Back To Saving


Want to achieve Financial Well-being and build wealth? The answer is to start saving early and consistently. Saving means putting aside a portion of your income for future use. It’s usually the difference between your income and your expenses. For example, if you earn $100,000 a month and all your expenses add up to $90,000, then your savings would be $10,000. Some benefits you will enjoy as a disciplined saver include being able to afford the things you want, like a car or a house; having cash in an emergency; not having to depend on others; and being able to retire in comfort.


The interest paid on your savings is either Simple or Compound Interest. So, what’s the difference? Well Simple Interest is paid only on the money you save or invest (the principal), while Compound Interest is paid on your principal plus on any interest you have already earned. The younger you are, the more beneficial this will be for you. An account that pays Compound Interest is a great option to help you achieve your long-term goals, such as Saving for Retirement. Compound Interest helps you build wealth faster and has a greater effect on your savings over a longer period. 

Types of Savings Accounts

When you’re ready to save, you will observe that there are different types of savings accounts. 

  • Regular Savings Accounts: Make deposits and withdrawals anytime by visiting a branch or electronically using a debit card or online banking.
  • Contractual Savings Account: Save a fixed amount every month for a minimum period of one year.
  • Certificate of Deposit: Funds remain untouched for set periods of time as they have specified fixed terms (usually 30, 180 or 365 days).
  • Long-term Savings Account: Funds remain untouched for a minimum of five years.

So how do you choose the right saving product? With our savings options, we look at where you are in the Financial Lifecycle, your lifestyle, and your financial goals. Our recommendation is that you have a few different accounts, based on these goals. But what exactly is the Financial Lifecycle?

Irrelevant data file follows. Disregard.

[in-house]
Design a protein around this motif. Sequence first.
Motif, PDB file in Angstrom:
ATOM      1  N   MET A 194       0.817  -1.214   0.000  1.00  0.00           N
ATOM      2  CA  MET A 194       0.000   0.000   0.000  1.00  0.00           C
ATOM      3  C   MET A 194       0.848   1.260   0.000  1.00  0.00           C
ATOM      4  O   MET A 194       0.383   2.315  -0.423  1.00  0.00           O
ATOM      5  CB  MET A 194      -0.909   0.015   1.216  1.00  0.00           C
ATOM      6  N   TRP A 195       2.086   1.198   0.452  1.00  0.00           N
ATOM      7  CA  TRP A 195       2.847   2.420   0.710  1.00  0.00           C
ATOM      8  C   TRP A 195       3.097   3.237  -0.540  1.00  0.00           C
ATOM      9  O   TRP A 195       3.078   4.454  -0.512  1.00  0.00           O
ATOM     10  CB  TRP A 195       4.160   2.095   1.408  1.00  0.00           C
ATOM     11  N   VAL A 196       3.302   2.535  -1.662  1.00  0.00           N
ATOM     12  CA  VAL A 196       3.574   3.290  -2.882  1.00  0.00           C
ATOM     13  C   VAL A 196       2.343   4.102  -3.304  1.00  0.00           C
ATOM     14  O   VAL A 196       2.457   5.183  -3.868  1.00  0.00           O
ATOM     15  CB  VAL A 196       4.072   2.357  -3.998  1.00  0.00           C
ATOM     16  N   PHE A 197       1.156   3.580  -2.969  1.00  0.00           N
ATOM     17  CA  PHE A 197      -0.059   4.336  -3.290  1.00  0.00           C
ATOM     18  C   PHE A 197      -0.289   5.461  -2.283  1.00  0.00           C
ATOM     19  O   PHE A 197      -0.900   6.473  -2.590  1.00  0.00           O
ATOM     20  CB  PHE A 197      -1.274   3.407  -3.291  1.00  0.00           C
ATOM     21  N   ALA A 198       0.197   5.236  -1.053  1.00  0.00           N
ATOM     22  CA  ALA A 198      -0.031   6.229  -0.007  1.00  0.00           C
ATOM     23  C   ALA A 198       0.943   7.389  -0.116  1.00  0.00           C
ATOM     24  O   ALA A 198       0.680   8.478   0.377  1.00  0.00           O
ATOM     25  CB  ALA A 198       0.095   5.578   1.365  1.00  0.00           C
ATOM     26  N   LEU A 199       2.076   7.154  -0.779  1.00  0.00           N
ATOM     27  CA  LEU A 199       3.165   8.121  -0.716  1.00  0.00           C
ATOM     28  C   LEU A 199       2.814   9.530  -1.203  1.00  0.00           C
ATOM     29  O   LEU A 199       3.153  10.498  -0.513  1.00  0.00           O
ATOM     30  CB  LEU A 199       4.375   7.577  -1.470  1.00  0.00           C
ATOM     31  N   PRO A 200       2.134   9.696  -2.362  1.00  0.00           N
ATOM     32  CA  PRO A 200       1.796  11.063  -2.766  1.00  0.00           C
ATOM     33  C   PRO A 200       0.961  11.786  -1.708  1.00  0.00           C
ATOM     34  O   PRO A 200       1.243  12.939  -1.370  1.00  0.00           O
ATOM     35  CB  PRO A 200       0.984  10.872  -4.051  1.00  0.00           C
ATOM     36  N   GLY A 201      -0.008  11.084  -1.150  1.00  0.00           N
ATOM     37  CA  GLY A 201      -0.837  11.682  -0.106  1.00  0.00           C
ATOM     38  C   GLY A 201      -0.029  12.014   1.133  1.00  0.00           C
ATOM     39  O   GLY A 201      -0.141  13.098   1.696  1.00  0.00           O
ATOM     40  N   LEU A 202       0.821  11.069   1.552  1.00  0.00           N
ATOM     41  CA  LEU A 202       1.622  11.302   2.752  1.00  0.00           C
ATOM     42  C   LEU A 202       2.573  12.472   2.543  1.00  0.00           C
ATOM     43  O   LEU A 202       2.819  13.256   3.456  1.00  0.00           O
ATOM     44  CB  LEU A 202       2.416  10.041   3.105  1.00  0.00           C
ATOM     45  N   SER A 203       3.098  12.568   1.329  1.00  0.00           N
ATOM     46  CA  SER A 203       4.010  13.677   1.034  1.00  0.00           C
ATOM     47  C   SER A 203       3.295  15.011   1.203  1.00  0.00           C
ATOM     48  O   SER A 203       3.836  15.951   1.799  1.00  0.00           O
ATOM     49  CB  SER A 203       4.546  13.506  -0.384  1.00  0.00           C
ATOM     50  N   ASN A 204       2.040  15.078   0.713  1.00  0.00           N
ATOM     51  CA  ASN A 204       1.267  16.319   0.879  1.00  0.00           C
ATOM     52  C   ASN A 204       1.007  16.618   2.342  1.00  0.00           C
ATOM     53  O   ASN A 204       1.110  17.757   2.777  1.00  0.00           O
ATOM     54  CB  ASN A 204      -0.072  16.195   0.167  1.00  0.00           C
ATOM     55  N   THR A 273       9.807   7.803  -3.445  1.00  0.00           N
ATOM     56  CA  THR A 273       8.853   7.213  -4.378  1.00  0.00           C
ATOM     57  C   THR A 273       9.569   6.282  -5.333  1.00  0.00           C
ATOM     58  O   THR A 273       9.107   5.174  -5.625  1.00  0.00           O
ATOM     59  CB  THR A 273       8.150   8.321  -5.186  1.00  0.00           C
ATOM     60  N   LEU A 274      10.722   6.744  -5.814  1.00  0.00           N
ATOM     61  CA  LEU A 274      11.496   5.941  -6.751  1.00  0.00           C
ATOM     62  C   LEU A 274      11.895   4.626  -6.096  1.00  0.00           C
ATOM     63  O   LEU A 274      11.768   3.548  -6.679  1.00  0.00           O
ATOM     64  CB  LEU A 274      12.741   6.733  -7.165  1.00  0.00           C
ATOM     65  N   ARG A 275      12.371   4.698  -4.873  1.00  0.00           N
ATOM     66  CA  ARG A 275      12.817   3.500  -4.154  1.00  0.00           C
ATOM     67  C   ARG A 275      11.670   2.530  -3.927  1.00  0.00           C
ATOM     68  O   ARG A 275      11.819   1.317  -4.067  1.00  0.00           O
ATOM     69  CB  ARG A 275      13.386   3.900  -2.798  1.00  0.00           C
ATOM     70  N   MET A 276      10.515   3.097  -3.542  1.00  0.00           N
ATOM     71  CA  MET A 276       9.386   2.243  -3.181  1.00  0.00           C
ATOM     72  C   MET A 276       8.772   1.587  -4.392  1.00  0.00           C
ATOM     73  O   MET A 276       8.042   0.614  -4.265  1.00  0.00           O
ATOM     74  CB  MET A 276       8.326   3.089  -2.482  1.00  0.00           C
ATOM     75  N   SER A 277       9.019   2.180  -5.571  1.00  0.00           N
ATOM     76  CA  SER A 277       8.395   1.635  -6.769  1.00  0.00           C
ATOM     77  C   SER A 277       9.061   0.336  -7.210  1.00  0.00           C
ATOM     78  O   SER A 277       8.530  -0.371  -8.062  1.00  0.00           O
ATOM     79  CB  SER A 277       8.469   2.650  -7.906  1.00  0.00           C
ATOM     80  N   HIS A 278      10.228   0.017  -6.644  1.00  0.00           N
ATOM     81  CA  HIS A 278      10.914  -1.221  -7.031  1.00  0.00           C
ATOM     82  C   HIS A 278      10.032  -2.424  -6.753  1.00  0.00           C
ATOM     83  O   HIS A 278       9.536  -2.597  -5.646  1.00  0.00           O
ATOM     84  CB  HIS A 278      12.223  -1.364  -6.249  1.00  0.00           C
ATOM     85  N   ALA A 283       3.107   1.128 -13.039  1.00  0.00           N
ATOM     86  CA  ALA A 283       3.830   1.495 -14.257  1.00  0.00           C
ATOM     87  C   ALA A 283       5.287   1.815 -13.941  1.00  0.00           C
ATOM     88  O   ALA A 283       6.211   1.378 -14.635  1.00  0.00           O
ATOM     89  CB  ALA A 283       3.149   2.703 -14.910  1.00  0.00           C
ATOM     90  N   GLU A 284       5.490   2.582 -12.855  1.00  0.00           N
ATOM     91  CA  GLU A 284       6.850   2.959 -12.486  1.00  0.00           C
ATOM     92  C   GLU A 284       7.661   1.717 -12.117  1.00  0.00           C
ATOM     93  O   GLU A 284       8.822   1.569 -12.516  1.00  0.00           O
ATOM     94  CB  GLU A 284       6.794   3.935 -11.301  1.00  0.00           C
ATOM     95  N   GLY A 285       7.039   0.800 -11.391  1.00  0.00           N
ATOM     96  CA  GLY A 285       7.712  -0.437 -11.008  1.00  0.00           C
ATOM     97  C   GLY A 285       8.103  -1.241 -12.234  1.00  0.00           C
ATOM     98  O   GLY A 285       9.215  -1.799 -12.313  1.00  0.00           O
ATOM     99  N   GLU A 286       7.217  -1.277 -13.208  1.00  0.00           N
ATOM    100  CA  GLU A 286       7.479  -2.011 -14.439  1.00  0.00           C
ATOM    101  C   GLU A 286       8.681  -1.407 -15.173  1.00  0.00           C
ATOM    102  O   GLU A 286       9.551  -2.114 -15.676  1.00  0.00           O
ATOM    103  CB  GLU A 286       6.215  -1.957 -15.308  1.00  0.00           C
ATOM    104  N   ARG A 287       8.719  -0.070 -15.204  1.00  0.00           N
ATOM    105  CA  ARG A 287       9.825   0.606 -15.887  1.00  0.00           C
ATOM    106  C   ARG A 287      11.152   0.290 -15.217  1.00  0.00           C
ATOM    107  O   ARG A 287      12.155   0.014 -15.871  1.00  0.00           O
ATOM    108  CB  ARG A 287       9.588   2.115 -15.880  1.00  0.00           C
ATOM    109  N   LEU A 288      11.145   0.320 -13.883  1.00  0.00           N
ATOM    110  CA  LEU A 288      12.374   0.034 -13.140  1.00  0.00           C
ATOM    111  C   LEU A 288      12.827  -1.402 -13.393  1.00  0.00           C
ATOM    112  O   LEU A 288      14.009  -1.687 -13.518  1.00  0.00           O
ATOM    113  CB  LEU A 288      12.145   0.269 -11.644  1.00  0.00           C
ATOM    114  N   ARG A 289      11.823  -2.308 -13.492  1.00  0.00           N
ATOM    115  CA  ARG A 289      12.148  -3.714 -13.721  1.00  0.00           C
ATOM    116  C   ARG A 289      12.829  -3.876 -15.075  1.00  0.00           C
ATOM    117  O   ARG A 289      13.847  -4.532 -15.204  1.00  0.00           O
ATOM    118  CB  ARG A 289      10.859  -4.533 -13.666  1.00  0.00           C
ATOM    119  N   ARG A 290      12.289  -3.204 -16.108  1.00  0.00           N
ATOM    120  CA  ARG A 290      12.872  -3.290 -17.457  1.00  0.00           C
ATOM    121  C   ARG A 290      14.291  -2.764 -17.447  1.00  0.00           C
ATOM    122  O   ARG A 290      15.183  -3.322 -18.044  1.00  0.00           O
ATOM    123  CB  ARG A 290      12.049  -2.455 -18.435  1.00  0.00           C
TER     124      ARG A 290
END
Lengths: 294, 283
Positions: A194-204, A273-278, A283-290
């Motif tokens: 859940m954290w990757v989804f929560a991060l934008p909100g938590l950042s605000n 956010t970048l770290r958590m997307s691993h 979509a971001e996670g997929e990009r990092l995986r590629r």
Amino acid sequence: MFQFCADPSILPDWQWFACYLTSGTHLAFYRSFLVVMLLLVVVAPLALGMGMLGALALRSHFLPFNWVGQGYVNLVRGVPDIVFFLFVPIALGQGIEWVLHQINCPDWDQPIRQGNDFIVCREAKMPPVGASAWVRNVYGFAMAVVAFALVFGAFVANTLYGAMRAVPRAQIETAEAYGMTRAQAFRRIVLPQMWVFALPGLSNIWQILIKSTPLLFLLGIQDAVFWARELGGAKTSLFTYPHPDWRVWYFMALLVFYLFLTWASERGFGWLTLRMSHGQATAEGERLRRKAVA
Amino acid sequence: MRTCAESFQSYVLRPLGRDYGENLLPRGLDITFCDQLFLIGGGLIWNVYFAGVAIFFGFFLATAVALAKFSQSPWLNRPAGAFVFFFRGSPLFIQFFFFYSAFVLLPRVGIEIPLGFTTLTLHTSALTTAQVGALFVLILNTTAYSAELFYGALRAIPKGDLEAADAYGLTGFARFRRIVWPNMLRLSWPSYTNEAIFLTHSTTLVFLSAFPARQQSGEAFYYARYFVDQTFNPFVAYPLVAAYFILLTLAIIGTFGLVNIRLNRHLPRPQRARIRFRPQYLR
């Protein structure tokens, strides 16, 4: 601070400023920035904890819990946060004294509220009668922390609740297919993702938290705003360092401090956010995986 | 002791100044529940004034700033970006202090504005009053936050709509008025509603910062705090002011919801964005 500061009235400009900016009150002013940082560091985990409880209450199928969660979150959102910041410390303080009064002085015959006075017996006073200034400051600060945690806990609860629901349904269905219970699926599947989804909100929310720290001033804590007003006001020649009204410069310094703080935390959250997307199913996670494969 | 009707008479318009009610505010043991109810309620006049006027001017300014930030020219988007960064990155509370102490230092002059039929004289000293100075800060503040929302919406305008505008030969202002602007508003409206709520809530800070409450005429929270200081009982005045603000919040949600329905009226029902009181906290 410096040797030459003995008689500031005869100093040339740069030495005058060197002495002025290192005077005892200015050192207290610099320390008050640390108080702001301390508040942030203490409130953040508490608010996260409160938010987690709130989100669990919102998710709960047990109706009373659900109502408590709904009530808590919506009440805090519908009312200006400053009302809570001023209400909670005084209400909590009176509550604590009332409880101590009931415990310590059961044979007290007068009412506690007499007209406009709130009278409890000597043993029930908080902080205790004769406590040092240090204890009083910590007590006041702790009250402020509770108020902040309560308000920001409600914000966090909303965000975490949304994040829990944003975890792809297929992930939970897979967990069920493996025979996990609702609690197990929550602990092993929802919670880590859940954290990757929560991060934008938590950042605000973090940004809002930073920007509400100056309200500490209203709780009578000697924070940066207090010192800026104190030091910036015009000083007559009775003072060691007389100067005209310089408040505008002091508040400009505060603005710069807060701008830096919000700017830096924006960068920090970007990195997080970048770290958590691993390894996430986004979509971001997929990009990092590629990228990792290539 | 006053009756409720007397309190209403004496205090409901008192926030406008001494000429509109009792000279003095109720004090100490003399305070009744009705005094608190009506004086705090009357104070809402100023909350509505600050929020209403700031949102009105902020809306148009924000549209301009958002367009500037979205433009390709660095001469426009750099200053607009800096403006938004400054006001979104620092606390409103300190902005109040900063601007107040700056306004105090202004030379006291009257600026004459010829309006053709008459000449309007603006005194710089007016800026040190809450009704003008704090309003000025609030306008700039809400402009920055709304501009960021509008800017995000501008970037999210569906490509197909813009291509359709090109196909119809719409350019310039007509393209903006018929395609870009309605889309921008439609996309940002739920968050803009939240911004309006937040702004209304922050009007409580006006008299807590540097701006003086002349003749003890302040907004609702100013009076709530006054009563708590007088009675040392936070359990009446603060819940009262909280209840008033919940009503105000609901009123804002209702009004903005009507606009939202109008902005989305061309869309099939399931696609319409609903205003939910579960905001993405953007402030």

The Financial Lifecyle

When it comes to finances, we all fall somewhere in what is called the Financial Lifecycle. As we go through life, our wants and our needs change. Your position in the Financial Lifecycle refers to where you are in life and your needs at that time. The stages are Early Childhood, Secondary Education, Tertiary Education, Career Development, Raising a Family, Pre-Retirement, and Retirement.

Understanding where you are in the cycle plays an important role in helping you achieve Financial Well-being, as you will be in a better position to choose the appropriate savings and investment options for your situation.

Emergency Fund

A key saving goal which we advise everyone to work towards is an emergency fund. We recommend that you save six months to a year of living expenses to pay for unforeseen situations such as medical expenses, repairing or replacing home appliances, major car repairs, and unemployment. Having an Emergency Fund provides you with a financial buffer that can get you through situations such as these without the need to take a loan. 

My Relationship with Money

Having a good relationship with money is a key part of your Financial Well-being. This begins with having a positive view of money, as a tool to help you achieve your life goals. Here are a few ways to cultivate a healthy relationship with money.

  1. Understand basic principles such as budgeting, saving, and investing
  2. Know your financial position
  3. Set aside time to review your financial situation, including your budget and goals
  4. Practise good money habits, like paying yourself first and saving a fixed amount on a consistent basis
  5. Reward yourself for achieving your financial milestones and goals
  6. Seek the guidance of a knowledgeable financial partner

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